Voting with Your Forks: How We Can All Have a Positive Impact on our Food System



Insufficient access to fresh food. Childhood obesity. Eroded soil. Many of us know that our food system is rife with problems, but aren’t sure how we, as food shoppers, cooks, and eaters, can bring about change.

The key, according to Karen Karp, president of NYC food business consultancy Karp Resources and a partner in planning the recent JBF Food Conference, is to focus on making progress—and remember that we won’t solve these big problems all at once. “Sustainability is a journey, not a destination,” says Karp. “That kind of thinking can really instigate some change.”

Our 2011 Leadership Award recipients and members of our advisory board agree that there is a lot we can all do. Here are their suggestions.

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“Cook. If you don’t cook your food it invariably gets cooked for you. It gets processed and it gets manipulated. And when that happens you eat less nutritiously. And the environment suffers. And farmers see less of the food dollars. This may sound self-defeating coming from a chef, but we need to get more people behind the stove.”
—Dan Barber, JBF Leadership Awards Advisory Board

“Restaurants and other food purveyors with a firm commitment to sustainable agriculture deserve your patronage. Find one near you among the 25,000 listings in EatWellGuide.org. Your support expands the market for small-scale farmers and safeguards your health and the health of the planet.”
—Scott Cullen, JBF Leadership Awards Advisory Board

“Stop and think before doing, from chewing to pruning. Everyone votes daily with his or her life actions. If we all paused more to think about what our choices sustained, I think we’d witness a tidal wave of improvements.”
—Debra Eschmeyer, 2011 JBF Leadership Award Winner

“Waste and losses in the food system are massive. Much of the loss happens in the household. One way everybody can contribute to making the food system more sustainable is by planning a menu, every week. This will not only help you and your family to get a balanced diet, but if you take your menu with you when you go shopping, it will help you to buy only what you need, in the quantities you need.”
—Jan Kees Vis, 2011 JBF Leadership Award Winner

“Cook for yourself, and for your family if you have one, as often as you can. I see the power of cooking from scratch every day in our kitchens and I know how transformative it can be. When you start cooking, you start caring, and once you start caring, you just can’t eat the same old processed stuff anymore.”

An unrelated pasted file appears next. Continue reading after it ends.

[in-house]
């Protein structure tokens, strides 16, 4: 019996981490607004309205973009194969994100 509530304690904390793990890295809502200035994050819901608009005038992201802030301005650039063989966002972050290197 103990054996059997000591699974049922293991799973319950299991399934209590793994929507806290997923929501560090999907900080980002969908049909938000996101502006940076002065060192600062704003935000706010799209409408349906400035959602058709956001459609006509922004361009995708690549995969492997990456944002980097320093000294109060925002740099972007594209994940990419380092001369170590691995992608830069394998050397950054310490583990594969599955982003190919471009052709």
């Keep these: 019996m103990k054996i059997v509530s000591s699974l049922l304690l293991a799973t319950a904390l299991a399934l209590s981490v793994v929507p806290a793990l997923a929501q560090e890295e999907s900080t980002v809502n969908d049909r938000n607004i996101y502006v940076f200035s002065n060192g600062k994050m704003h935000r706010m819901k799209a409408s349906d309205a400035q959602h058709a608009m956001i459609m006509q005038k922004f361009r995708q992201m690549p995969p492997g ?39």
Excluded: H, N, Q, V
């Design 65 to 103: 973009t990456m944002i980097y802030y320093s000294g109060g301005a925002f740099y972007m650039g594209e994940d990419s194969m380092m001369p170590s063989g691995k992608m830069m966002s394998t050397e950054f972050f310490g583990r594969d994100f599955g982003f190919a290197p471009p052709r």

—Fedele Bauccio, 2011 JBF Leadership Award Winner

“In order for the global food system to work, global food must be bought and sold at a fair price. Here’s one thing you can do: send an email to your congressional representative demanding that he or she vote to fully fund the CFTC (Commodities Futures Trading Commission), so the commission can enforce new trading laws in food commodities that outlaw Wall Street speculation.”
—Frederick Kaufman, JBF Leadership Awards Advisory Board

“Buy what you can at local farmers’ markets. If a lot more people bought a few dollars’ worth of food at farmers’ markets every week, it would be a huge incentive to encourage local food production. Also, work to elect congressional representatives who represent consumers, not agribusiness.” —Marion Nestle, JBF Leadership Awards Advisory Board

“The one thing we can all do is teach the children in our lives about healthy and sustainable food: where does our food come from? Who grows it? Are the farmers treated fairly? Is it grown in a way that does not harm the environment? How is it harvested? How do you prepare it for eating? Is it healthy? The impact can be far-reaching as these children learn to make healthy and informed choices for themselves, which in turn are healthy choices for the environment and the rest of us.”
—Sheri Flies, 2011 JBF Leadership Award Winner

“Start an edible school garden. Making school lunches more nutritious only gets us partway there. When kids follow food from the garden to the kitchen to the table, doing the work themselves, something amazing happens. They want to taste everything! By engaging their senses in the garden, students are effortlessly learning where food comes from, about the importance of stewardship of the land, and about the civilizing and humanizing effects of sitting and eating together at the table.”
—Alice Waters, 2011 JBF Leadership Award Winner

“One of the biggest changes we can all make is to start eating more fruits, vegetables, grains and pulses, and a little less meat and other animals products. That doesn’t mean no meat, or less flavorful meat, or less enjoyable meals. But it does mean recognizing that producing meat uses more natural resources than other kinds of foods and also eating too much isn’t the healthiest choice either.”
—Arlin Wasserman, Sodexo, JBF Leadership Awards Advisory Board

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This article originally appeared in the October/November 2011 issue of JBF Notes, the James Beard Foundation member newsletter. Don't miss out on future articles; become a member today!

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